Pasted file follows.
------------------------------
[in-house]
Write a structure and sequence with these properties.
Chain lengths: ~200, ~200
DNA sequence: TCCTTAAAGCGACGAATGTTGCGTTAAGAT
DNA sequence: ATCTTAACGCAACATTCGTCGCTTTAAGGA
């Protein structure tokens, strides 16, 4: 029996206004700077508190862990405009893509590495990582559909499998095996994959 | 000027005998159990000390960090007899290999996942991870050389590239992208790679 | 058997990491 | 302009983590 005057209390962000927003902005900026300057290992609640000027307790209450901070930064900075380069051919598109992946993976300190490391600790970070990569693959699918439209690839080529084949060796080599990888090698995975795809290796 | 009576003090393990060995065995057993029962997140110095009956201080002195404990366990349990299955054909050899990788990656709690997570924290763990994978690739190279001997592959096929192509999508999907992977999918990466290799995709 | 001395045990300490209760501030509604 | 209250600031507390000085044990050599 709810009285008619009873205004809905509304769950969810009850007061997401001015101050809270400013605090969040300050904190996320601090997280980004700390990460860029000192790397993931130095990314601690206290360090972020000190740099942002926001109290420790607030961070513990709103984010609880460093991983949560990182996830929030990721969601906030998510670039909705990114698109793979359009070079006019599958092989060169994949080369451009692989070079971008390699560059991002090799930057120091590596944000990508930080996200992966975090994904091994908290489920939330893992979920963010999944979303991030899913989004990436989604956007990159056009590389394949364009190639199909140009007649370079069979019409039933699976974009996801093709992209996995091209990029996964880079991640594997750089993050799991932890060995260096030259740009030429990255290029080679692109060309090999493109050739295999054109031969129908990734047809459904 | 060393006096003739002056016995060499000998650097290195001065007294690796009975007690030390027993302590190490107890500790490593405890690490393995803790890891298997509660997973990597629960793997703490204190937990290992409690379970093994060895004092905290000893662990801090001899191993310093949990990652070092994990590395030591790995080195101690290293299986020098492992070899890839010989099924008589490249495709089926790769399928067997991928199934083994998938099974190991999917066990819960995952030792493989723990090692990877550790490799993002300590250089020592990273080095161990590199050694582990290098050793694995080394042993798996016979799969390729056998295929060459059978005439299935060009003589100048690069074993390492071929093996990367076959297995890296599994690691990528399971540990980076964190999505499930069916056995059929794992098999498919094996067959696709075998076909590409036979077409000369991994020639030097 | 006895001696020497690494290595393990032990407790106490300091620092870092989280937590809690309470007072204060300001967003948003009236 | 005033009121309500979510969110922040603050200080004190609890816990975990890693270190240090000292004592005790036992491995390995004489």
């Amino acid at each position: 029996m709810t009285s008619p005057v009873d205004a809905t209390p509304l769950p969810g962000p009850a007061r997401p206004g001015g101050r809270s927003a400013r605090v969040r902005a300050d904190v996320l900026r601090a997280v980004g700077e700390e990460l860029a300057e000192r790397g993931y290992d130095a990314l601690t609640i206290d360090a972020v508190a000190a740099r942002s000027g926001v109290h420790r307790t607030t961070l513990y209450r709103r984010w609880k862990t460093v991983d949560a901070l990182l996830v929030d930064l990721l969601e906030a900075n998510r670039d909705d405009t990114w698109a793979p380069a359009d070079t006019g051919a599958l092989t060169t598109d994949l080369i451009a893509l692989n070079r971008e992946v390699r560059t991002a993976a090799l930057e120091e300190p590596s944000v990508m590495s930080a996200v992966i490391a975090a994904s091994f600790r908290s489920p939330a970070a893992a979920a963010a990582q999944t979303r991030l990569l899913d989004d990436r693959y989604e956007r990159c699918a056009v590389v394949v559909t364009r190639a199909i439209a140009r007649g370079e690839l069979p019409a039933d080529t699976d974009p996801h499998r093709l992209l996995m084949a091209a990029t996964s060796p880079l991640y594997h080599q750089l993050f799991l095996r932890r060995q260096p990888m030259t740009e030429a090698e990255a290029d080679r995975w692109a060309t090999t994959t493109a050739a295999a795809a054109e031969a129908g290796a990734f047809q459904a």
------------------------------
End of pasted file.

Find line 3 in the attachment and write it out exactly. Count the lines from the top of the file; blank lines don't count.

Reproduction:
Chain lengths: ~200, ~200